We want to get people to a beach, park, town, city – wherever an event is happening – to join hands.
It’s really very simple.
The message is:
No to dirty fuels, Yes to Clean Energy.
Here’s what you can participate in North Carolina (last updated May 3, 2017):
Atlantic Beach, Fort Macon State Park Swimming Beach
Contact: Penny Hooper; email@example.com; (252) 729-2521
Location: take the first turnoff for the Fort Macon State Park Swimming Beach from Hwy 58 (E. Fort Macon Rd).
Do not go all the way to the end of the road where the Fort is, but take the turnoff before that for the Ocean Beach. Swimming Beach.
Carolina Beach, Boardwalk At Harper Avenue
Contact: Kevin Piacenza; firstname.lastname@example.org; 919.412.2501
Location: on the beach directly in front of the boardwalk at Harper Avenue in Carolina Beach
Emerald Isle, Bogue Inlet Pier
Contact: Brooke Kittrell (for Surfrider Foundation Bogue Banks Chapter); email@example.com; 252.646.8285
Location: Bogue Inlet Fishing Pier; 100 Bogue Inlet Dr; Emerald Isle, NC 28594
North Topsail Beach, Onslow County Beach Access # 2
Contact: Wes Rider; Transmission2u@icloud.com; 910.539.9175
Location: 2950 Island Drive, North Topsail Beach, 28460
Oak Island, East Beach / Cabana
Contact:; Vicki Sturgill; firstname.lastname@example.org
Ocracoke, Nps Life Guard Beach
Contact: Mickey Baker; email@example.com; 252.921.0159
Location: the NPS Lifeguard Beach is located north just a few minutes from the Village. There is plenty of parking and restroom facilities. We will be flying our banner from the ’80’s and bringing our signs protesting Offshore Drilling off of our pristine Coast. Meet at 11:00am. Rain or shine.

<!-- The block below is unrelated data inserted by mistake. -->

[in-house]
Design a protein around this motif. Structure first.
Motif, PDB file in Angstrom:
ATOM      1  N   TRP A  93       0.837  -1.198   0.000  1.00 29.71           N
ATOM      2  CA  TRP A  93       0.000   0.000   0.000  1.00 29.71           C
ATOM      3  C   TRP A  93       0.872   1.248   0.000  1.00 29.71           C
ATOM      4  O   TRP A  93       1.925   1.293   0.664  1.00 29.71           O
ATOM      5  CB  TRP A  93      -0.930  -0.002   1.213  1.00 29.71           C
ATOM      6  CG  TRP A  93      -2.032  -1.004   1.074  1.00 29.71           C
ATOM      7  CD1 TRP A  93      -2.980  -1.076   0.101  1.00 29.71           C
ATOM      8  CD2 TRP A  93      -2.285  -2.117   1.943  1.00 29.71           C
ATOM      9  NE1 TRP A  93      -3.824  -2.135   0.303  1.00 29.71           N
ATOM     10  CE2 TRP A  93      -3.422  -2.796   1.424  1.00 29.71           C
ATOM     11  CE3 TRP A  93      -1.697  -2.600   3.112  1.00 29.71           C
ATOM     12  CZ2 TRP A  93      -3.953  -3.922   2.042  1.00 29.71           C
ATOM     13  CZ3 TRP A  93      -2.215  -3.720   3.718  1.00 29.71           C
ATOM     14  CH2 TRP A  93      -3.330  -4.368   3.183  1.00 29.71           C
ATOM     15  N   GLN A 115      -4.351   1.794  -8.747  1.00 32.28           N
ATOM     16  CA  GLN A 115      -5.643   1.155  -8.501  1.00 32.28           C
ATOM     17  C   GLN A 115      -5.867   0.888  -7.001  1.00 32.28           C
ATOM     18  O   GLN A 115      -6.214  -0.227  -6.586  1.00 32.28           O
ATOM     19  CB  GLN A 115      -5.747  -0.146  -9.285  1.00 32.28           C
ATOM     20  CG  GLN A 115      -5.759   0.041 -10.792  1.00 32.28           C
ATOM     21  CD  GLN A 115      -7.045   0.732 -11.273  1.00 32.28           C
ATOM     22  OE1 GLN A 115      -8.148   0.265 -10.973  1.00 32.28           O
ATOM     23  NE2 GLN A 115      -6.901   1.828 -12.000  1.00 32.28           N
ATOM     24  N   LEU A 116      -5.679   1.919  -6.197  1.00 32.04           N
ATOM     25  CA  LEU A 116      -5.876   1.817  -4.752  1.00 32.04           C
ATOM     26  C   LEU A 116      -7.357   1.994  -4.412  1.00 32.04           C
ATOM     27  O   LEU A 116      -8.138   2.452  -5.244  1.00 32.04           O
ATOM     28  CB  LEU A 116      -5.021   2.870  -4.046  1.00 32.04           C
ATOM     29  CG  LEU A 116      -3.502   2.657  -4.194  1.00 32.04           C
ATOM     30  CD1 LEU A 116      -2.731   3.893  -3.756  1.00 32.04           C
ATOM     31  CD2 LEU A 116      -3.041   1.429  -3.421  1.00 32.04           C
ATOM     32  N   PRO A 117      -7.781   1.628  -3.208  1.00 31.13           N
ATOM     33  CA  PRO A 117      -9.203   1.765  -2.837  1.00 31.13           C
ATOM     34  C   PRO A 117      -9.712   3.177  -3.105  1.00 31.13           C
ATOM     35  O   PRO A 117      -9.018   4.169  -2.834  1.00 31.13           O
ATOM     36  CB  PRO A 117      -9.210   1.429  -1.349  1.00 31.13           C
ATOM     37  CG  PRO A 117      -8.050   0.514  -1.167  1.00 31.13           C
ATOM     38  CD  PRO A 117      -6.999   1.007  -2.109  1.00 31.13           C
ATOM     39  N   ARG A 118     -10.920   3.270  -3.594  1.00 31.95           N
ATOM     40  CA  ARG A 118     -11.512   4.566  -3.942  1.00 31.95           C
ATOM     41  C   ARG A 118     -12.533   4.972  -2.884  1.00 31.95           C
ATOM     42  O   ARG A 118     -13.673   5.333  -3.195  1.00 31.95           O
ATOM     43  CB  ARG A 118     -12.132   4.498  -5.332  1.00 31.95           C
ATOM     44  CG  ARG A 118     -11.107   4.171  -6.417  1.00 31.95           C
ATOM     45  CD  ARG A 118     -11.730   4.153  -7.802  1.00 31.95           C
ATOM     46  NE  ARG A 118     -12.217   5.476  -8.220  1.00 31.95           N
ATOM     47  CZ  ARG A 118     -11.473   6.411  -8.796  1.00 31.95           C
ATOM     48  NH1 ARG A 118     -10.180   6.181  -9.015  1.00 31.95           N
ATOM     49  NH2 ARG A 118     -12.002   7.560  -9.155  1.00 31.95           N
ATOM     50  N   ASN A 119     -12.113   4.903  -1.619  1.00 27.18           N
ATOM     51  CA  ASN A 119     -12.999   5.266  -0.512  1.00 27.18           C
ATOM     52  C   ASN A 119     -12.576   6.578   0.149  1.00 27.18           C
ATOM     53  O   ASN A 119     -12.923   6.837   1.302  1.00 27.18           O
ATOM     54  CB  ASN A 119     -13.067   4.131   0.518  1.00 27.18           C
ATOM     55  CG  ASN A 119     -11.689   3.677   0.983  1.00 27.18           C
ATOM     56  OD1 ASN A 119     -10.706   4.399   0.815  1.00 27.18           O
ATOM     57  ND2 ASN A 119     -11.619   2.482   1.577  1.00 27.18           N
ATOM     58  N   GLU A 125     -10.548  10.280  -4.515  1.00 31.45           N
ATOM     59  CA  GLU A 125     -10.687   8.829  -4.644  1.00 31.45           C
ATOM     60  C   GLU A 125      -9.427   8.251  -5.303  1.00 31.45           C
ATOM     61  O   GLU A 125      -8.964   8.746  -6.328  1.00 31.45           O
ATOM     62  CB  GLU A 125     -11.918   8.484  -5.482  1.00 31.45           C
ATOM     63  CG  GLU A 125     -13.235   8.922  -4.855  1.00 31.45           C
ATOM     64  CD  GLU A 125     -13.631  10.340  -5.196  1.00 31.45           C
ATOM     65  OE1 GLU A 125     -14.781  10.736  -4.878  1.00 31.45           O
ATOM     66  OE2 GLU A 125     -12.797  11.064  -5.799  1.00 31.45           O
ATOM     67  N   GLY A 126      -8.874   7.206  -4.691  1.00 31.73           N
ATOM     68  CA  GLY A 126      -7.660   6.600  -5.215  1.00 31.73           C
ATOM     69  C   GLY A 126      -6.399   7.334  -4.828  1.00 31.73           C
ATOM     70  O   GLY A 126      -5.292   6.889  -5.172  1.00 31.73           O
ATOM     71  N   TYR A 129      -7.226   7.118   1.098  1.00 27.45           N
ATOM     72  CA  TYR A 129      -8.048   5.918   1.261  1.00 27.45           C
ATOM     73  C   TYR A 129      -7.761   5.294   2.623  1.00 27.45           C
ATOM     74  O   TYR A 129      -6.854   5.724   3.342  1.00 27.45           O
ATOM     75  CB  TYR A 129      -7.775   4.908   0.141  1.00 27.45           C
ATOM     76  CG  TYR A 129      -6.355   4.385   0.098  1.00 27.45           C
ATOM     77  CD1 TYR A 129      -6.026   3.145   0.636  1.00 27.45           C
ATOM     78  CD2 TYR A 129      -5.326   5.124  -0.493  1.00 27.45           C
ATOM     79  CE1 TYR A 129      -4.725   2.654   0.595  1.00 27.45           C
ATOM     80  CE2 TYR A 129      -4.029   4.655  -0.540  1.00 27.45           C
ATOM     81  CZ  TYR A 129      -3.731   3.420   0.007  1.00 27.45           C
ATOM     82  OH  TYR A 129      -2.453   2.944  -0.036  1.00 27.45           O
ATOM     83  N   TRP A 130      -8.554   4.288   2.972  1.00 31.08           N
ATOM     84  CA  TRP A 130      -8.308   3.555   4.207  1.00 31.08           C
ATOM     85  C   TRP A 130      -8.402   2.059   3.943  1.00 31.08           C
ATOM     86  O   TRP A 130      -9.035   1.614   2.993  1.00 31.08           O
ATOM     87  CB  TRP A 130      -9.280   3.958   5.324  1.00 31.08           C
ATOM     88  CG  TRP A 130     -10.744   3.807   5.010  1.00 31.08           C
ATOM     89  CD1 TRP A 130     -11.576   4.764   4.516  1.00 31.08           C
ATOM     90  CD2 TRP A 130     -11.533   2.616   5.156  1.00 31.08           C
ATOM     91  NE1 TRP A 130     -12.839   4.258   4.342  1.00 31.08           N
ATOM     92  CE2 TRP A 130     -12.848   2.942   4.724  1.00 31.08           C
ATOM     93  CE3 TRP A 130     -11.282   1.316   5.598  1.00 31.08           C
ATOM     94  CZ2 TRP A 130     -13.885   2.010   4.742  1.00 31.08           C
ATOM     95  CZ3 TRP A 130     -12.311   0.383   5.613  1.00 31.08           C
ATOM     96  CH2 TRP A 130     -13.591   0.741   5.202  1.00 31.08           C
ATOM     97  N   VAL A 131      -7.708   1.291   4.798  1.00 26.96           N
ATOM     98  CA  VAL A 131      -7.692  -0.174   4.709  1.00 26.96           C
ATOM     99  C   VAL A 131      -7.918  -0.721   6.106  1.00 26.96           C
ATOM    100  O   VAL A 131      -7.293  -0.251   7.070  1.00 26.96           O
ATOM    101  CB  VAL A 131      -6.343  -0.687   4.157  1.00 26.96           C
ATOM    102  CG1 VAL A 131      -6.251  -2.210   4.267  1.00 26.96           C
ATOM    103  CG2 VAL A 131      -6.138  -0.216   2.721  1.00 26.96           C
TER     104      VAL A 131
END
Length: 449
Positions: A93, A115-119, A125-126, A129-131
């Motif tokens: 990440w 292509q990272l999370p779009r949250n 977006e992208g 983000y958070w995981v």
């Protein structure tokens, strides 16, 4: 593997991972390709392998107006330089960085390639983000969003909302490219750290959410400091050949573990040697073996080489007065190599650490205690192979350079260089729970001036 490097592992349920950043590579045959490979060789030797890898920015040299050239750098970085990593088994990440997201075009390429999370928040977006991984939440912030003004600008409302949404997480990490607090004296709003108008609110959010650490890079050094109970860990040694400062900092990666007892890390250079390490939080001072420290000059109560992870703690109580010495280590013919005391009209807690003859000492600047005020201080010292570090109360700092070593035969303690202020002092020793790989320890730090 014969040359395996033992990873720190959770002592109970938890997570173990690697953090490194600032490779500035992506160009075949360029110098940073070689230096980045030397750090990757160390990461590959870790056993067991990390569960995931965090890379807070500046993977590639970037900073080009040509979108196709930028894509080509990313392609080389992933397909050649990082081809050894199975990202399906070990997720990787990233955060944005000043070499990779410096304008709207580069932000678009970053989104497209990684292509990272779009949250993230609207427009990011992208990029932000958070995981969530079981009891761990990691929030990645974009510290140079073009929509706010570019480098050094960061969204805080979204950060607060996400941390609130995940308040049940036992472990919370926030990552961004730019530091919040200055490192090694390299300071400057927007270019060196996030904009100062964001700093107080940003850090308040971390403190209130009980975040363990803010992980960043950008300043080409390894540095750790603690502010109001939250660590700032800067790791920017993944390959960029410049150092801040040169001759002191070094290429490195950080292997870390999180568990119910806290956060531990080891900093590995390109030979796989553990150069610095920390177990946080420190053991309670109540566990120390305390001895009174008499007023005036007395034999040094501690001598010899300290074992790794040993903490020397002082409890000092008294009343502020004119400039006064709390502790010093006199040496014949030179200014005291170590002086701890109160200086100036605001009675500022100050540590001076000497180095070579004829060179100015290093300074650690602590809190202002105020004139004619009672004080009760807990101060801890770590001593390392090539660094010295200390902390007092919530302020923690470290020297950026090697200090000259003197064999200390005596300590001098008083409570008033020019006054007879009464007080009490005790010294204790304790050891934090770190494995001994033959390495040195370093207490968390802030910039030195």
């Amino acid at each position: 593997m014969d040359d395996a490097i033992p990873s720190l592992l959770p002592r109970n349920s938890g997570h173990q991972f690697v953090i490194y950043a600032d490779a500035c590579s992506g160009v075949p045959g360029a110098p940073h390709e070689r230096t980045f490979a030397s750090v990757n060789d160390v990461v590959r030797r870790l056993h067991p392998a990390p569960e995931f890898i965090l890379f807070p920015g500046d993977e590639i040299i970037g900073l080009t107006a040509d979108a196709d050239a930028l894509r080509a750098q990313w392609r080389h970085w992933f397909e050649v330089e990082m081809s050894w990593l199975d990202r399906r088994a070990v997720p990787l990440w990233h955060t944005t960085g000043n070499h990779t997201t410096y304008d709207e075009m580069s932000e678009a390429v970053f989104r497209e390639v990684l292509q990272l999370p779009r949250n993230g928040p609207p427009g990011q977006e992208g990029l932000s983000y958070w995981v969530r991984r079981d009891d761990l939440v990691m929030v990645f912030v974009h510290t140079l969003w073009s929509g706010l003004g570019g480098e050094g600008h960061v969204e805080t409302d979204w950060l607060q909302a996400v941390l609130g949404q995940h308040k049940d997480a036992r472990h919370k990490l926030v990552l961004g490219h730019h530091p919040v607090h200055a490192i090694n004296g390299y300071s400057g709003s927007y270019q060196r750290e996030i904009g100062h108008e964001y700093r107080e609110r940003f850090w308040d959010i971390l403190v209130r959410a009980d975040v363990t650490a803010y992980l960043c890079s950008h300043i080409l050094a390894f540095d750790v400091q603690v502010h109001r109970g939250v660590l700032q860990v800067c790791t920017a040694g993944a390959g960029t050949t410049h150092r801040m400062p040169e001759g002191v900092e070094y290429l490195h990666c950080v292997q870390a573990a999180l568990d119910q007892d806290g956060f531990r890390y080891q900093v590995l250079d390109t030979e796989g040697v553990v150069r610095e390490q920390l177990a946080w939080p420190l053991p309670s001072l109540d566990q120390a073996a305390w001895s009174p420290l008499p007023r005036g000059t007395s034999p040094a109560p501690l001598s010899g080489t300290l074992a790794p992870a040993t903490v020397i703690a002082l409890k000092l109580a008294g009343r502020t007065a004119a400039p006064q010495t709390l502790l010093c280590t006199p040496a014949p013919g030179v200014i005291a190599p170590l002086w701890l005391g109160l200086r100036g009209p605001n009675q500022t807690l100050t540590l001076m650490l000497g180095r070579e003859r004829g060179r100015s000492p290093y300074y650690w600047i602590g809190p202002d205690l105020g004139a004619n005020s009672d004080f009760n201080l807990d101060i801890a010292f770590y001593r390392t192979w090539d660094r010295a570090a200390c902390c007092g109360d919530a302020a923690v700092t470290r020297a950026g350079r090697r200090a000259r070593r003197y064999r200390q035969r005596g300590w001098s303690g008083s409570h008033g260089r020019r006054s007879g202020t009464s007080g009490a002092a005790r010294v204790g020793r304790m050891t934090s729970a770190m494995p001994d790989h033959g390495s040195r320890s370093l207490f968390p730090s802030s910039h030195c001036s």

Sunset Beach, Sunset Beach Island
Contact: Kristen Colleran; firstname.lastname@example.org; 910.363.6215
Location: proceed onto Sunset Beach Island via Sunset Blvd. (the only way on to the island). We are meeting at the gazebo in the parking lot, at the end of Sunset Blvd., and will line up on the beach (noted as Bald Beach on the map), behind the gazebo. Parking is available in that parking lot, or along Main Street on the Island (check signage and please be sure not to block driveways – you will be ticketed). Map
Surf City, Surf City Main Crossover
Contact: Chris Medlin; email@example.com; 910.358.4912
Map of meeting location
Onslow County Beach Access # 2 North Topsail Beach, NC
Contact: Wes Rider 910-539-9175 2950
Island Drive, North Topsail Beach, 28460
Pass a Anti-Offshore Drilling Resolution in Your City or Town
Visit OCEANA’s step-by step guide on how you can encourage your local elected officials to take a stand against opening North Carolina’s coast to offshore oil and gas drilling. This is not just an issue that will impact coastal communities. It will have an effect on the entire state!
Write a Letter to the Editor
You have the opportunity to reach new audiences, particularly influential thought-leaders, through the printed word. Writing a “Letter to the Editor” of your local paper is an excellent place to start conversations, especially inland, on why opening our coast to offshore drilling will put the entire state at risk. Here are some general tips to keep in mind when crafting your letter to the editor of a local newspaper, magazine, or other relevant publication:
- Keep it short. Most letters to the editor are between less than 250 words (aim for 150 – 200 words total). Stay focused on one topic for each letter.
- Include a way for people to take further action. Whether it’s a specific website to visit, event to attend, or person to contact, do include this information in your letter. You not only want people to learn but you want them to get out of their seats, right?
- Rely on facts. Do your homework and be sure that all of your statements can be traced to credible sources.